Lipinski retires over hip injury

Many 18-year-olds face difficult decisions. Where to go to college. Where to go to work.

Tara Lipinski had to think about major hip surgery and possible retirement from figure skating.

The wear and tear of her sport, from the pounding on landing all those triple jumps to the rapid shifts in positioning on spins, took a severe toll on Lipinski.

The 1998 Olympic gold medallist suffered a torn hip cartilage -- she isn't sure exactly when -- that progressively worsened until she underwent surgery in September.

"It's a huge shock when you sitting in bed and you can't get up to get out," Lipinski said. "I'd go to the mall and I couldn't walk more than 15 minutes and I'd have to sit down.

"When I was at Disney World, which is my favourite place, I couldn't go around the parks. I can't explain how bad it was.

"I thought it was just torn muscles. But right after the Olympics, when it got bad, we had MRIs and they said it would be just fine.

"But it shouldn't take seven months to come back from a torn muscle."

Lipinski at first thought the problem was in her back.

Doctors told her most athletes deal with the problem until the area has been strengthened by exercise.

She said she couldn't strengthen the back and hip any more, yet the pain remained.

Lipinski never really considered surgery.

After eight MRIs, still in pain, she visited Dr. Marc Philippon, the Florida doctor who operated on golfers Greg Norman and Steve Elkington and Miami Dolphins quarterback Jay Fiedler.

Philippon discovered the tear and suggested immediate surgery.

"When Tara found out, she was devastated," said Elkington, who lives near Lipinski in Houston.

"Me, I was elated because I knew everything was going to turn around. I knew there was something wrong with my back and hip and it wasn't just me thinking it.

"And there was a cure for it."

Lipinski called surgery "the worst scenario."

But she also knew that without it, her skating career was over.

"The doctors said skating is the hardest of anything on the hip," she said, noting that while on tour she would perform several routines a night perhaps five times a week.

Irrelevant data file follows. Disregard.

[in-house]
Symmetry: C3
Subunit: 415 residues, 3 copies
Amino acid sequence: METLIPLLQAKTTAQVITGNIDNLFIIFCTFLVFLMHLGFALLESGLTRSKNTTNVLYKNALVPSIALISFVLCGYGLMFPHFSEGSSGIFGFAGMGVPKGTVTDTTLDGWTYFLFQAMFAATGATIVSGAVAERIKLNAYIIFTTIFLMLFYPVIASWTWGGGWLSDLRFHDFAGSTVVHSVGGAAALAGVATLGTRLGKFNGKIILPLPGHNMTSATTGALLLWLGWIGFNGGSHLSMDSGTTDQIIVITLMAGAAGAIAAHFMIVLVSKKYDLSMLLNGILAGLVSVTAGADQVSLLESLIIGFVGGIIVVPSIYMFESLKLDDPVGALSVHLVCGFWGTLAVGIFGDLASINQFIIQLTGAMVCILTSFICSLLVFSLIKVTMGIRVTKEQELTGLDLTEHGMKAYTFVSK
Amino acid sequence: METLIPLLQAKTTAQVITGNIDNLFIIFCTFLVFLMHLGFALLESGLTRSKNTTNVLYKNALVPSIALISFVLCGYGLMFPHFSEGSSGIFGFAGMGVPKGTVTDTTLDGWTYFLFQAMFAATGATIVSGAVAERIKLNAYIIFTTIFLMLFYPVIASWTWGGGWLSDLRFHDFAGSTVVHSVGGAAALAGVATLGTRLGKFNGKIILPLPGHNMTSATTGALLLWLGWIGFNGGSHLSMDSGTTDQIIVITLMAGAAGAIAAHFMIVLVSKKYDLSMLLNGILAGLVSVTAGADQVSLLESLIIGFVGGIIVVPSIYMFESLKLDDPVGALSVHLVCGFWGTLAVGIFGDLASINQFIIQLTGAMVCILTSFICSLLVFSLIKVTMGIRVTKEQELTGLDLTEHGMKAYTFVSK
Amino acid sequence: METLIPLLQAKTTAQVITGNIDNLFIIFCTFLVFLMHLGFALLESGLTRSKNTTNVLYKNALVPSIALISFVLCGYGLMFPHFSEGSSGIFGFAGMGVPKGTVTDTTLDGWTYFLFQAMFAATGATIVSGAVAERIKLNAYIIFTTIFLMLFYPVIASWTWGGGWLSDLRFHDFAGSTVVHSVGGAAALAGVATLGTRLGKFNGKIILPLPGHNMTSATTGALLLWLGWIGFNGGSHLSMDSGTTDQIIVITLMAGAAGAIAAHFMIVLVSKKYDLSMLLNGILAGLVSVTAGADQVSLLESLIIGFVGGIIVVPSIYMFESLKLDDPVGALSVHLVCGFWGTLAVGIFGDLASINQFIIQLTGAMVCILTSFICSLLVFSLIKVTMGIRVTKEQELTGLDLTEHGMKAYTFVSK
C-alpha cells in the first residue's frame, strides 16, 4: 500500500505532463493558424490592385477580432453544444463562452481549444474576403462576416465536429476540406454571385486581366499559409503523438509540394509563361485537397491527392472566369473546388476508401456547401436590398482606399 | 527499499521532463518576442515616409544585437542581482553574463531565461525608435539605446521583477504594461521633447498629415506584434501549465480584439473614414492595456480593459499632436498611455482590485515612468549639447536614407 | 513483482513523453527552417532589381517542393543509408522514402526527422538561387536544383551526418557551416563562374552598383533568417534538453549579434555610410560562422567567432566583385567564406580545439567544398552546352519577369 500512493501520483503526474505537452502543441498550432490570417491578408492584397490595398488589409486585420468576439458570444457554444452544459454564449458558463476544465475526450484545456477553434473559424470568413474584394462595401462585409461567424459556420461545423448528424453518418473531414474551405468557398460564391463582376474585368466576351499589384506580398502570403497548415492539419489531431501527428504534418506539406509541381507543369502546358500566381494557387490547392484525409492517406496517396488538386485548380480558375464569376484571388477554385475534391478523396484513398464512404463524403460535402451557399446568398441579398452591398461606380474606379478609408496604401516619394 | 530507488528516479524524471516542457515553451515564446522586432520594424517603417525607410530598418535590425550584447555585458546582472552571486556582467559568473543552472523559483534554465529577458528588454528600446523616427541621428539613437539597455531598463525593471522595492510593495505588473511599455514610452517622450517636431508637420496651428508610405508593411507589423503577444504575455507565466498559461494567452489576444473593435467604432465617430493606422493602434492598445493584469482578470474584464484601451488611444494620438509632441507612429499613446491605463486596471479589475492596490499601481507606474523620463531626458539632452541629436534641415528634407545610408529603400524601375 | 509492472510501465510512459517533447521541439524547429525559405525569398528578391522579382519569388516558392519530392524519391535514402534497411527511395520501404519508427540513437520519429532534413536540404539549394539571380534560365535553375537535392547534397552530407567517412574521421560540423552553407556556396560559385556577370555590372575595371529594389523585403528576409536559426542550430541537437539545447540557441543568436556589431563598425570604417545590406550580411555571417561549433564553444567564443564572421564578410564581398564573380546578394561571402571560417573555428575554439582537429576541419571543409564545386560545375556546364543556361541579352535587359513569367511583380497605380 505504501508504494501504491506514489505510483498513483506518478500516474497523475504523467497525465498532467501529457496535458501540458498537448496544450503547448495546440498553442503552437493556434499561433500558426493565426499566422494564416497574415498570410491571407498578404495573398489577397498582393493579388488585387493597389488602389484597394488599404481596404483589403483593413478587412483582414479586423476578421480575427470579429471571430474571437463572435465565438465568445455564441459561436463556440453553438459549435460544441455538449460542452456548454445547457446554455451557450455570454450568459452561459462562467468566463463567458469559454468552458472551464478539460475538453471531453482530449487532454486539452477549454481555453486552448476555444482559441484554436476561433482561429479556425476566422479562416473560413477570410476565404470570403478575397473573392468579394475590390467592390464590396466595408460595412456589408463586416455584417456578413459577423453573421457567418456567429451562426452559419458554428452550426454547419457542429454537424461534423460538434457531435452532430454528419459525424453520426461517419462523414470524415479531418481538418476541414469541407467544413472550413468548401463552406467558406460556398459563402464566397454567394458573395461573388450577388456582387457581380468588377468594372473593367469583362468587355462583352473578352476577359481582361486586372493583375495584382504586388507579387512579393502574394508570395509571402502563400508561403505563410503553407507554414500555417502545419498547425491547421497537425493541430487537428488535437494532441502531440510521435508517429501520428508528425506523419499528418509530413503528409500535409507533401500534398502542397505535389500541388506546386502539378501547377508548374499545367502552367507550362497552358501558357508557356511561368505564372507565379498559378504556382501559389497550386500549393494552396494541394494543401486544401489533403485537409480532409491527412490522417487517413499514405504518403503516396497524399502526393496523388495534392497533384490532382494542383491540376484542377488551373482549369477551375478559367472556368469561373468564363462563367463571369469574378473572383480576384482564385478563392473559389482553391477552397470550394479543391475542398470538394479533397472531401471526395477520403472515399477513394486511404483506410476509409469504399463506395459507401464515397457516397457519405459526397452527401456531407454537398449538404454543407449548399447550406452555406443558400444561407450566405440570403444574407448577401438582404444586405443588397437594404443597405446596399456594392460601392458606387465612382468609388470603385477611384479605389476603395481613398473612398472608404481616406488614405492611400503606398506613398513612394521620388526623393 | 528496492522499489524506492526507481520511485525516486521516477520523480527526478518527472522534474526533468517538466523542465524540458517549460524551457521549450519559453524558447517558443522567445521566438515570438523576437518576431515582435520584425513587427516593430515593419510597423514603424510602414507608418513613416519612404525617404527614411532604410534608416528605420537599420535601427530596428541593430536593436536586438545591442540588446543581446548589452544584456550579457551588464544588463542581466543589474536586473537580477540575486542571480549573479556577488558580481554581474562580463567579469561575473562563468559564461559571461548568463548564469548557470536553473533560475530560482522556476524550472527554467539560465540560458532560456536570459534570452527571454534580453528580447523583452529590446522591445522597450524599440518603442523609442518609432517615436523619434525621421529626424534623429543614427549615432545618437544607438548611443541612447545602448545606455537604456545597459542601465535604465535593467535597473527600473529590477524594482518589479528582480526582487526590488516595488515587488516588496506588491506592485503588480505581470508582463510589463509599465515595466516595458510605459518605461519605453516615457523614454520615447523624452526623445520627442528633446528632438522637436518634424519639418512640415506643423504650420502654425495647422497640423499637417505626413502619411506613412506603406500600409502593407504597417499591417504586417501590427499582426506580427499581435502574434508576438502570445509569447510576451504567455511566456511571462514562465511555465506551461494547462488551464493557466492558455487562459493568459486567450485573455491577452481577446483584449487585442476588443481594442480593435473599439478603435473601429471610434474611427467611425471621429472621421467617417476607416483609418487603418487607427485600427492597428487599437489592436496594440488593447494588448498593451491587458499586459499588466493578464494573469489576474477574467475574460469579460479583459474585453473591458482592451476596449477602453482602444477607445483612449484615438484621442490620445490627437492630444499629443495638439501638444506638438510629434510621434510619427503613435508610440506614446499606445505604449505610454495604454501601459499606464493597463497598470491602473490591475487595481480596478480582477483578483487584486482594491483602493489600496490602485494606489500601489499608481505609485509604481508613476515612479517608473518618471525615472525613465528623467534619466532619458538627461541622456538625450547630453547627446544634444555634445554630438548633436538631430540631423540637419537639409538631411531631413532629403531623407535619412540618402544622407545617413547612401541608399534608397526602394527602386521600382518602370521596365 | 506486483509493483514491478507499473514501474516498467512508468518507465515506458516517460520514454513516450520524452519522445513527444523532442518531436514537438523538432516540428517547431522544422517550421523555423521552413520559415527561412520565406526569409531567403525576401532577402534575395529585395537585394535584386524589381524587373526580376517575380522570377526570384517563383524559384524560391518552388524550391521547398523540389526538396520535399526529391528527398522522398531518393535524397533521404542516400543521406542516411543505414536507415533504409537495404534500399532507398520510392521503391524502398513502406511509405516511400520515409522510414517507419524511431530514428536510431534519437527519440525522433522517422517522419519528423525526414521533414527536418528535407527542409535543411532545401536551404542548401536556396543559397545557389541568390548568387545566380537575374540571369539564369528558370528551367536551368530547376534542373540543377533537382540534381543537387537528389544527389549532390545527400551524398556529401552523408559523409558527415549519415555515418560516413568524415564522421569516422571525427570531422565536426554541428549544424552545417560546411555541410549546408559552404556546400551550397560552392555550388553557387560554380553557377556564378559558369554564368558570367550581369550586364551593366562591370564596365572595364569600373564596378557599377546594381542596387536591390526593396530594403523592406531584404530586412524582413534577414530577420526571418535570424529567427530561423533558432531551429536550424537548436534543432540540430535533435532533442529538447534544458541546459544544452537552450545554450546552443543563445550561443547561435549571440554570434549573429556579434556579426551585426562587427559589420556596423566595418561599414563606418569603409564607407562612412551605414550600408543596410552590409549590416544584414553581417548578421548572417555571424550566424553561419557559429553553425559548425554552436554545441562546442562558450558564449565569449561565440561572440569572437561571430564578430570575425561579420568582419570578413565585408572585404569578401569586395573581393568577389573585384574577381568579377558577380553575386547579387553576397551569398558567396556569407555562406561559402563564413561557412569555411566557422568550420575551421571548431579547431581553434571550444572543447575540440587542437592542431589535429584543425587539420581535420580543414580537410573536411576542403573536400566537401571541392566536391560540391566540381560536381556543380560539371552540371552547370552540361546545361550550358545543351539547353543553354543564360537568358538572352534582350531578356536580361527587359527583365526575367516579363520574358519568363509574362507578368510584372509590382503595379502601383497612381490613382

"It was going on way too long and I couldn't live in that pain and it would probably have shortened my career."

The operation on the torn labrum, which can take as little as 45 minutes, lasted 3 1/2 hours because Lipinski had cartilage overgrowing the bone and was developing arthritis.

Next came a long rehab -- except not too many 18-year-olds are patient enough to deal with being sidelined for months.

Lipinski was back on the ice seven days later, albeit merely for some stroking.

"The doctor was not happy," she said, "but he realized even if it hurts, I want to do it."

Less than a month later, at rehearsals for the Stars on Ice tour, Lipinski sat out, unable to handle even some of the simplest manoeuvres.

"All I did was cry," Lipinski admitted. "The thought of having to miss this year, Scott's last in Stars on Ice, that hurt so bad."

Although she had to withdraw from the World Professional Championships earlier this month -- she wasn't about to compete with no triple jumps in her repertoire -- Lipinski expects to be ready for the tour opener on Dec. 28 in Greensboro, N.C.

And she's grateful for having had the surgery.

"The doctor said maybe in a month, it would have locked on me," she said, shuddering at the thought.

"I couldn't imagine my life without skating."

By Barry Wilner